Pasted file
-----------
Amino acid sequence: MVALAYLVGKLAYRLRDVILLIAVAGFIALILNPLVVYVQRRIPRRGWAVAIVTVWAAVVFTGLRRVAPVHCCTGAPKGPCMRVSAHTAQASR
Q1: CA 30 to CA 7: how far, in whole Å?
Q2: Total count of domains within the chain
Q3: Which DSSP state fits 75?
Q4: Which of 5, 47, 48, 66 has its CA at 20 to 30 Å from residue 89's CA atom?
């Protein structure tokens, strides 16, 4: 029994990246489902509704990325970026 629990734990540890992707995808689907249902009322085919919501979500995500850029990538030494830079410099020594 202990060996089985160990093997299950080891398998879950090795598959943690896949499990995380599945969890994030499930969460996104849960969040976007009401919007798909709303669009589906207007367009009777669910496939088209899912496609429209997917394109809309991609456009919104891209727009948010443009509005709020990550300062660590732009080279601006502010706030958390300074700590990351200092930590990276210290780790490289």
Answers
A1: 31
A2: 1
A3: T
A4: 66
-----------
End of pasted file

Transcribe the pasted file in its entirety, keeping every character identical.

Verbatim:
Amino acid sequence: MVALAYLVGKLAYRLRDVILLIAVAGFIALILNPLVVYVQRRIPRRGWAVAIVTVWAAVVFTGLRRVAPVHCCTGAPKGPCMRVSAHTAQASR
Q1: CA 30 to CA 7: how far, in whole Å?
Q2: Total count of domains within the chain
Q3: Which DSSP state fits 75?
Q4: Which of 5, 47, 48, 66 has its CA at 20 to 30 Å from residue 89's CA atom?
């Protein structure tokens, strides 16, 4: 029994990246489902509704990325970026 629990734990540890992707995808689907249902009322085919919501979500995500850029990538030494830079410099020594 202990060996089985160990093997299950080891398998879950090795598959943690896949499990995380599945969890994030499930969460996104849960969040976007009401919007798909709303669009589906207007367009009777669910496939088209899912496609429209997917394109809309991609456009919104891209727009948010443009509005709020990550300062660590732009080279601006502010706030958390300074700590990351200092930590990276210290780790490289």
Answers
A1: 31
A2: 1
A3: T
A4: 66